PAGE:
Robert Plant Shares How He Feels About His Post-Led Zeppelin Career

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After being the lead singer in one of the biggest rock bands in the 1970s, Robert Plant took a moment to reflect upon his post-Led Zeppelin career while joining Rolling Stone for their podcast, Rolling Stone Music Now. The interview saw Plant sitting down with his frequent collaborator, Alison Krauss, to discuss their next project.

"I was always trying to escape the shadow of what had happened to me between 1968 and 1980," Plant said of his post-Zeppelin career. "So I was trying so many different things just to expand myself without really worrying about taking along an audience that only wanted me to be on autopilot. I made good music and I made questionable music, but I did it all with great flurry. And there's only a minor embarrassment now, maybe perhaps a few dodgy haircuts. I mean, when you're on maximum rotation on MTV, it's just, how the h*** did that happen? From the hammer of the gods to, um, [1983 solo ballad] 'Big Log.'"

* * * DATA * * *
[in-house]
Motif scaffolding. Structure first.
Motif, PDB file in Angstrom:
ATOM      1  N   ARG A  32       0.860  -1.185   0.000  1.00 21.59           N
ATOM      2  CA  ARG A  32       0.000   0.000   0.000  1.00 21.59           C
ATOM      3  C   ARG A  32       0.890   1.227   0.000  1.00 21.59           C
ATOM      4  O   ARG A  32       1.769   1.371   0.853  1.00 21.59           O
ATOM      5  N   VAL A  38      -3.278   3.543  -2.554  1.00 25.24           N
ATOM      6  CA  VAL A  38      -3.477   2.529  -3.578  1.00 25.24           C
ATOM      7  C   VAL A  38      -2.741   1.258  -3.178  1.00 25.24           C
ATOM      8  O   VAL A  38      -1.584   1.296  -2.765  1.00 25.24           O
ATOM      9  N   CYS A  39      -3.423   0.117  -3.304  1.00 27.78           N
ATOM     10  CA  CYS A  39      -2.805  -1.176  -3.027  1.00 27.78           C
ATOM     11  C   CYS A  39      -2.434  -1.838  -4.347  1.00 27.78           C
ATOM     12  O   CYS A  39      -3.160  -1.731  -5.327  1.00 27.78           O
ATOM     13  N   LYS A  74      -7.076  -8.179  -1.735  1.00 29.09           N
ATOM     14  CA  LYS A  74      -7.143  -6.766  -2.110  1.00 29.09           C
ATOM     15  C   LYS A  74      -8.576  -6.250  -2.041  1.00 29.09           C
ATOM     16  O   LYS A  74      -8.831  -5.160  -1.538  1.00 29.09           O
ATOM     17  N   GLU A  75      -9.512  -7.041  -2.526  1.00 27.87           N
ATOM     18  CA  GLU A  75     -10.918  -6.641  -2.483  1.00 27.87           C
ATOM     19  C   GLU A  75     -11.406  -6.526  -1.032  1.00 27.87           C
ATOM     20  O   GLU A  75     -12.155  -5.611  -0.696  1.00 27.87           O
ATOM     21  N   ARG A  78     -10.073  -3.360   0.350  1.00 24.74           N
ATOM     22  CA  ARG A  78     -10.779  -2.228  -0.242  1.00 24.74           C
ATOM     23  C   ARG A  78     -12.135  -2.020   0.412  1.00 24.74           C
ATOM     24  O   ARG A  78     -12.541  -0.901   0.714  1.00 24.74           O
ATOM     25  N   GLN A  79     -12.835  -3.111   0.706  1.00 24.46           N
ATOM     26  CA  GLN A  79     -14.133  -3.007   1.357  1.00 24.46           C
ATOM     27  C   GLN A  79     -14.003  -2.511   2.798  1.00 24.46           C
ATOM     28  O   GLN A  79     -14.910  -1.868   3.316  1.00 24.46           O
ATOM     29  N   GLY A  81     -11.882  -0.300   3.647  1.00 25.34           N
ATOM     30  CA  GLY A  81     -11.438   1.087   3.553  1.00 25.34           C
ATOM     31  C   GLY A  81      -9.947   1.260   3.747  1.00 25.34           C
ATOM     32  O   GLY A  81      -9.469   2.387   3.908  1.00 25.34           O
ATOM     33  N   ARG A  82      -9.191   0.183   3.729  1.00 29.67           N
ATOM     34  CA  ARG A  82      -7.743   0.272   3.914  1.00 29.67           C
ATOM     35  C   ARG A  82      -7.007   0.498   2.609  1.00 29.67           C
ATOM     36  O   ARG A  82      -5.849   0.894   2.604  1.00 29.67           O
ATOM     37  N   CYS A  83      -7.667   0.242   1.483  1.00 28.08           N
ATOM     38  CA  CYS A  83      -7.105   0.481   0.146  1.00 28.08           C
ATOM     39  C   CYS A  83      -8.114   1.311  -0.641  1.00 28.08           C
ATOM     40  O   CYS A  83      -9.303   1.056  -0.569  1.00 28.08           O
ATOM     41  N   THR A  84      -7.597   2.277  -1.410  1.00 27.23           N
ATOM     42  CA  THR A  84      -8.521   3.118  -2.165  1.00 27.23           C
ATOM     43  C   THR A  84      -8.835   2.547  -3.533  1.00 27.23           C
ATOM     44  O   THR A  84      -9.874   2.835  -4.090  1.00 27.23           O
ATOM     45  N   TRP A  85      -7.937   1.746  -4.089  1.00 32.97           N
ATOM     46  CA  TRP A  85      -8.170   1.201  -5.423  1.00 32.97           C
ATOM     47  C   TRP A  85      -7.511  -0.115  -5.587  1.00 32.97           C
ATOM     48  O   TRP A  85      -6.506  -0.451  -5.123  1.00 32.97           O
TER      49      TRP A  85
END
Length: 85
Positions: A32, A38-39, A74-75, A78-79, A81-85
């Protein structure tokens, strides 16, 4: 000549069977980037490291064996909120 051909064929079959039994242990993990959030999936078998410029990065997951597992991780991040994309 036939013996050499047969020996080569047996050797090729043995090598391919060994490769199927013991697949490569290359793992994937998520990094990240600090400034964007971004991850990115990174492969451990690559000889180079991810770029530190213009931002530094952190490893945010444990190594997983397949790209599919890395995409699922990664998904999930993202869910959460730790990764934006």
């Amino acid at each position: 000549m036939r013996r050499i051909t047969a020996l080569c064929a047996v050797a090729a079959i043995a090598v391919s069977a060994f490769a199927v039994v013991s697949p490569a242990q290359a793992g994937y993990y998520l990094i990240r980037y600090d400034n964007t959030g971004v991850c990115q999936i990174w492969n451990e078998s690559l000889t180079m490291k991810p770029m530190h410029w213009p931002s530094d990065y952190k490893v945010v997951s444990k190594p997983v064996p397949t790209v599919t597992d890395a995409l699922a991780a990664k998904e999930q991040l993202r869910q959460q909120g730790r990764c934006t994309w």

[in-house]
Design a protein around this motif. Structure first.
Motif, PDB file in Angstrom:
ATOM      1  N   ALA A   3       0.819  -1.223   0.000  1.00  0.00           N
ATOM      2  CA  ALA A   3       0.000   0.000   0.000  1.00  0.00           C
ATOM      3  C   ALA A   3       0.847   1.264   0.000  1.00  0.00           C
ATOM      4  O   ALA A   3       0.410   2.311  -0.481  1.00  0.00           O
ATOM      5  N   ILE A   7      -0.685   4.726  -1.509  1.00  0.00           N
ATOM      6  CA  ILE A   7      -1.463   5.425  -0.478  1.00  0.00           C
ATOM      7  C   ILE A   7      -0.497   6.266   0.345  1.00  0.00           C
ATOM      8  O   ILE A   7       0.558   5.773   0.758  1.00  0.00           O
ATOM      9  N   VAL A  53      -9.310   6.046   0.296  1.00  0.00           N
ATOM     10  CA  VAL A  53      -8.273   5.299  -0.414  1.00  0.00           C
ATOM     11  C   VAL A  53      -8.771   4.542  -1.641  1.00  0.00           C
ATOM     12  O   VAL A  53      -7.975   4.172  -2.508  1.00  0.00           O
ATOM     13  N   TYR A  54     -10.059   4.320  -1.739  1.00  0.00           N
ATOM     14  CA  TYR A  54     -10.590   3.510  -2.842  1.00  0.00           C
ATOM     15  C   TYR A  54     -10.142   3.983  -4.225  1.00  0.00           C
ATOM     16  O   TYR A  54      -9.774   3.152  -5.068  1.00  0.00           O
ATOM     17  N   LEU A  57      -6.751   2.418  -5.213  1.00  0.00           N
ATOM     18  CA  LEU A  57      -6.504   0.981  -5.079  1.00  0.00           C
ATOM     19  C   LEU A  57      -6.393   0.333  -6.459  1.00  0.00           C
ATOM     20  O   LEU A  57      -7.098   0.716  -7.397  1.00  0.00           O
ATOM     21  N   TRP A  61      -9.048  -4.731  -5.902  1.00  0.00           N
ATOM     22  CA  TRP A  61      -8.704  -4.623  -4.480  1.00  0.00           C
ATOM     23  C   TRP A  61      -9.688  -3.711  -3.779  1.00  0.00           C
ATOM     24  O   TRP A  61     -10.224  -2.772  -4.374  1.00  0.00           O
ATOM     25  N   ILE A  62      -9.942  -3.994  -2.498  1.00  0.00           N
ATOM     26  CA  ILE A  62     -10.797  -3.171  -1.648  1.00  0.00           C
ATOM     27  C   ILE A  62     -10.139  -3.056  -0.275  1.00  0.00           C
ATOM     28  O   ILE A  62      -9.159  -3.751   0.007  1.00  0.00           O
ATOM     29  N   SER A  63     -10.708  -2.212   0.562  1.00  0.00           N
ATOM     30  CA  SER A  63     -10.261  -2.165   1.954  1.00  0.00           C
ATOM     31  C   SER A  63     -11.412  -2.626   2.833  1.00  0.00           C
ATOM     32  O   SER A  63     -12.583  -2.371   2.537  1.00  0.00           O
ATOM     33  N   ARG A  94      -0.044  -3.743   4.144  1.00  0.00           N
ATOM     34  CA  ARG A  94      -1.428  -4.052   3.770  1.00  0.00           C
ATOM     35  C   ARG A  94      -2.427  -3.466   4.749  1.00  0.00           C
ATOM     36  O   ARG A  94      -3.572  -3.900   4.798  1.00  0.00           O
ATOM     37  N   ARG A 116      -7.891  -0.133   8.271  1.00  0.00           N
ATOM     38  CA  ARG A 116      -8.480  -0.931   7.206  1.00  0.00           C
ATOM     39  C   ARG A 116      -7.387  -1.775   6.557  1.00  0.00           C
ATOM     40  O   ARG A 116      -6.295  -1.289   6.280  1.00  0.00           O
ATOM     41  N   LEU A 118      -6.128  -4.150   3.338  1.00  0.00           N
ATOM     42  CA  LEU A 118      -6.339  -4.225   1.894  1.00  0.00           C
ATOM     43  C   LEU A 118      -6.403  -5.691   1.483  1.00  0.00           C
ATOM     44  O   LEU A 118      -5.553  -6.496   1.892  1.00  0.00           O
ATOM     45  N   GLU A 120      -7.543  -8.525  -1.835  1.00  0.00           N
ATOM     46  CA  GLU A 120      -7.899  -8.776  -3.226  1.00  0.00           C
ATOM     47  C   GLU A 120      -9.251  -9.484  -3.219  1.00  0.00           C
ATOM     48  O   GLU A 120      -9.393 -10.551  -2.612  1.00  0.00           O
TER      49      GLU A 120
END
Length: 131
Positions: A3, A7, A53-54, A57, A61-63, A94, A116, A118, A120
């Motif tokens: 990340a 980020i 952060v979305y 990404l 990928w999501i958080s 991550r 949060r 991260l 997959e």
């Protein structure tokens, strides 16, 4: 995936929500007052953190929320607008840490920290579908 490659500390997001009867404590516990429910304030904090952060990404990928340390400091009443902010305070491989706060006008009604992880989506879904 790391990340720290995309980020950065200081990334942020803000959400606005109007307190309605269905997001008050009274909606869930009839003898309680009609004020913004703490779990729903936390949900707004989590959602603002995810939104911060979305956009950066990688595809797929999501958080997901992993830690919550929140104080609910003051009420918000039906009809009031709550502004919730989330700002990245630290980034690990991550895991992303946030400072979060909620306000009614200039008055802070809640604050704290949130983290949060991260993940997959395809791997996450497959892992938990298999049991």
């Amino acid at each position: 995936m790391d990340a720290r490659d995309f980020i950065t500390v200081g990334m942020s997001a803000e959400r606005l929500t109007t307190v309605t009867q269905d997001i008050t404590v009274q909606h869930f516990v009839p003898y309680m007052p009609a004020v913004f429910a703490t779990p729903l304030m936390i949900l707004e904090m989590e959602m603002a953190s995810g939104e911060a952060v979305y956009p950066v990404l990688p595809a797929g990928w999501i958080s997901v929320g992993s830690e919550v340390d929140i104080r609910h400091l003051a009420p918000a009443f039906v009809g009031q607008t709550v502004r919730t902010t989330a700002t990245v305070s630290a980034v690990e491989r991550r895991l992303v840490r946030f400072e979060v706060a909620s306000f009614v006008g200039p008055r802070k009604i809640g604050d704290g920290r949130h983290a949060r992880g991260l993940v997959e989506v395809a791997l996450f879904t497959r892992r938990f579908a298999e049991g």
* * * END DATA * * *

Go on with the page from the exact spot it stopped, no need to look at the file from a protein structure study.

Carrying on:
As Plant was reflecting on his days back in Led Zeppelin, he shared that the keys the band played in were based around Jimmy Page's guitar playing, rather than Plant's vocal range. "Quite often everything was in E because you got much more out of the bottom of the guitar. I should have gone to one of those castrati schools in Northern Italy trying to get it right."

Plant and Krauss released their latest album, Raise the Roof, on November 19, with the pair of collaborators announcing a tour to go along with the release that will kick off in June 2022. Plant has shared that he adores Krauss and the collaborations they come up with, explaining that she helps him break out of rock clichés. The former Led Zeppelin frontman has also made himself clear on the fact that he has absolutely no plans on retiring, and has shared that he finds music just as fulfilling now as he did when he first began back when he was a teenager.

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